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Carol Burris, executive director of the Network for Public Education, watched the Senate confirmation hearings of Miguel Cardona for Secretary of Education. She was delighted to hear his responses on issues that matter to friends of the public schools.
She wrote for this blog:
On February 3, I tuned in and listened to Dr. Miguel Cardona’s confirmation hearing for Secretary of Education. I was anxious to hear his response to questions about school choice, integration, equity, testing, and schools’ reopening.
I was curious to see if Dr. Cardona would, like his three predecessors, Duncan, King, and De Vos, carry the banner for charter schools and seek to expand the Federal Charter Schools Program. Was he someone who believed that setting schools in the arena to compete benefits students? Does he prefer the private governance of schools?
The first question on school choice was asked by Republican Tim Scott of South Carolina, who voiced his support for all manner of school choice.
Cardona had a practiced response. He did not mention vouchers. He gave the nod to charters saying that some are excellent, which is true. But then the incoming Secretary signaled where he would put his time and treasure.
“Most parents want to send their children to their neighborhood school. It is important to support all schools, including the neighborhood schools that are usually the first choice for families in that community.”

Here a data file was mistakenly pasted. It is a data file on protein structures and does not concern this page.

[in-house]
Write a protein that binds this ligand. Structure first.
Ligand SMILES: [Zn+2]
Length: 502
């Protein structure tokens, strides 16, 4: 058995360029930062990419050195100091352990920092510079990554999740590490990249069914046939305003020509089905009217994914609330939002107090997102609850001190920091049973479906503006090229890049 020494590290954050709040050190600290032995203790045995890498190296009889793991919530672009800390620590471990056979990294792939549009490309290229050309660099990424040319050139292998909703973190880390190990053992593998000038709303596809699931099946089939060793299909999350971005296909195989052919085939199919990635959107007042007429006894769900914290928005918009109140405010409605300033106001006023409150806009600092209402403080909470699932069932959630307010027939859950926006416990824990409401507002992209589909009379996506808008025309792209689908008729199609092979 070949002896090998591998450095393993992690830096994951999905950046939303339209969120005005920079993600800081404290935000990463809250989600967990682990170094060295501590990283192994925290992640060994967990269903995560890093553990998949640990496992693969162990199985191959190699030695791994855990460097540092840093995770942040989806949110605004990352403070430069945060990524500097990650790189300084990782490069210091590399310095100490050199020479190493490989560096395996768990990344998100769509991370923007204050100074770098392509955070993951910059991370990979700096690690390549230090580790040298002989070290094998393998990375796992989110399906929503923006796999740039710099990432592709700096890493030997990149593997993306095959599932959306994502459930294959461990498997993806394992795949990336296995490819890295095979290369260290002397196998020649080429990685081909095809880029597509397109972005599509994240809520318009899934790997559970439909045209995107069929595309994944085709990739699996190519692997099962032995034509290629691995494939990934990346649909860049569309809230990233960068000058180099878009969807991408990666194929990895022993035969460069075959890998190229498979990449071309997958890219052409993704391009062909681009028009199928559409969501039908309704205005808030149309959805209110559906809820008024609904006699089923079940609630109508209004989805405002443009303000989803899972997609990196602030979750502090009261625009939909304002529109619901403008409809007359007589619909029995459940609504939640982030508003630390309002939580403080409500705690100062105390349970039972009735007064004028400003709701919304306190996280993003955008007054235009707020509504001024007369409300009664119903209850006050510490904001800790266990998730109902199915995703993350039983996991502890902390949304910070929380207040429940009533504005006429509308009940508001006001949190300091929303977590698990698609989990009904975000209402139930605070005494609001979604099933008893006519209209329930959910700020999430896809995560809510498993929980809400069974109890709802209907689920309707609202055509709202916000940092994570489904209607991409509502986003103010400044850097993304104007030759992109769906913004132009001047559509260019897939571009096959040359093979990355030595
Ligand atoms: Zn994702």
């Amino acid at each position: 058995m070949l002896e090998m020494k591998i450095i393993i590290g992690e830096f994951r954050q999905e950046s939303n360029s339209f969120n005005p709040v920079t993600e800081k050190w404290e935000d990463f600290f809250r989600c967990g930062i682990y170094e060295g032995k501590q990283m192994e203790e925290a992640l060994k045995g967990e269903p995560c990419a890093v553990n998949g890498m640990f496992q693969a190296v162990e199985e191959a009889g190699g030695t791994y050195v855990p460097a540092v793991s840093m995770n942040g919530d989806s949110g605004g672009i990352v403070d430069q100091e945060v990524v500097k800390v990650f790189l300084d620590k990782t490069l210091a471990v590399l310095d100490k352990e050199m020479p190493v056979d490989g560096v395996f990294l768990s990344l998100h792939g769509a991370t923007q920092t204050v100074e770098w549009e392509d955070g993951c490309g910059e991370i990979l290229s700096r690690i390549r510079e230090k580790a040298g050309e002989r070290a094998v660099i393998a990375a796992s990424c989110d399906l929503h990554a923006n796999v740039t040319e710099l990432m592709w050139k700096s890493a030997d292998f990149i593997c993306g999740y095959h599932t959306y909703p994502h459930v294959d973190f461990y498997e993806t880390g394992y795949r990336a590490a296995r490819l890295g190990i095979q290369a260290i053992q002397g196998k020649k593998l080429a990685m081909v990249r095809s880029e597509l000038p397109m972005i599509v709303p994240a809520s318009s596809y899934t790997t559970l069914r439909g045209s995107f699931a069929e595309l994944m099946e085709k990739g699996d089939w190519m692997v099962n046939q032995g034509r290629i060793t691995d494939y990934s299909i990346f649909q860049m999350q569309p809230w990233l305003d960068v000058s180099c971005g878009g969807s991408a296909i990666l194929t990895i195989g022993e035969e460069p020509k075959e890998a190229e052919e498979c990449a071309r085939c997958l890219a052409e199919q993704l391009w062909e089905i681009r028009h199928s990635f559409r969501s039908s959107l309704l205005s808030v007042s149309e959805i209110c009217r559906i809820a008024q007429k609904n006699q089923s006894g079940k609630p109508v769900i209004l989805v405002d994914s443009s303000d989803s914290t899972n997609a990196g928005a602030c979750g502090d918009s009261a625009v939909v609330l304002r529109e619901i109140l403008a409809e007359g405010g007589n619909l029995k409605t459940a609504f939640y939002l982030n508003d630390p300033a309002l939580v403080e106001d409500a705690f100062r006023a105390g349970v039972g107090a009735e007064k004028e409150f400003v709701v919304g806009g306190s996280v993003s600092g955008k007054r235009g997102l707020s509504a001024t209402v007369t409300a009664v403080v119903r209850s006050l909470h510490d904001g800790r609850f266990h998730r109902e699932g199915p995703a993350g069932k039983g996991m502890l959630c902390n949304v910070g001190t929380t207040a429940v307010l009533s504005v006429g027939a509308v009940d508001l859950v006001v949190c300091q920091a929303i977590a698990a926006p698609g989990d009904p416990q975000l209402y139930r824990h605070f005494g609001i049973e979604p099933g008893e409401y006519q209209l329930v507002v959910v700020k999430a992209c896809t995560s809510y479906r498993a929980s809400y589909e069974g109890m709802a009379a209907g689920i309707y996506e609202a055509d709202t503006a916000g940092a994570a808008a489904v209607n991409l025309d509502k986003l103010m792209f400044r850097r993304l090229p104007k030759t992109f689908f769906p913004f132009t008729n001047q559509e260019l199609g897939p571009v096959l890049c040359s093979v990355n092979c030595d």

That statement gives me hope. Cardona did not fall into the trap of using the term “traditional public schools,” a term coined by the charter community.
“Traditional public schools” is and was always meant to be a disparaging term. Cardona’s innovative elementary school was not “traditional.” The high school I led that had an enriched, challenging curriculum for all where support and racial integration of classrooms and activities were the highest priority was not “traditional.”
Cardona deliberately chose the term–“neighborhood” to describe public schools. Unlike his predecessors he did not use “traditional” to distinguish them from charters. And he stated that they are, as our friends at Journey for Justice remind us, “usually the first choice for families in that community.”
If the listener did not understand what he meant by “neighborhood schools,” he clarified the term later.
He used the term “public,” then corrects himself, saying that charters are public schools (they are legally defined as such in his state). He then talks about the need to support neighborhood schools. He says, “Our neighborhood schools need to be schools where we want to send our children, and he calls neighborhood schools “the bedrock of our country.” Wow.
No person who has spent their life in public schools, especially in leadership, is universally liked. Miguel Cardona has his critics. But as I listened to Miguel Cardona, I was filled with hope. He is devoid of Duncan’s folksy goofiness, the arrogance of King, and the burning hatred of all things public of De Vos.
Miguel Cardona is a public school guy. He chose to spend his life walking among children in public school halls. He knows the road he is traveling, and the stars that guide his way will not be charter schools, vouchers, or billionaire reformers.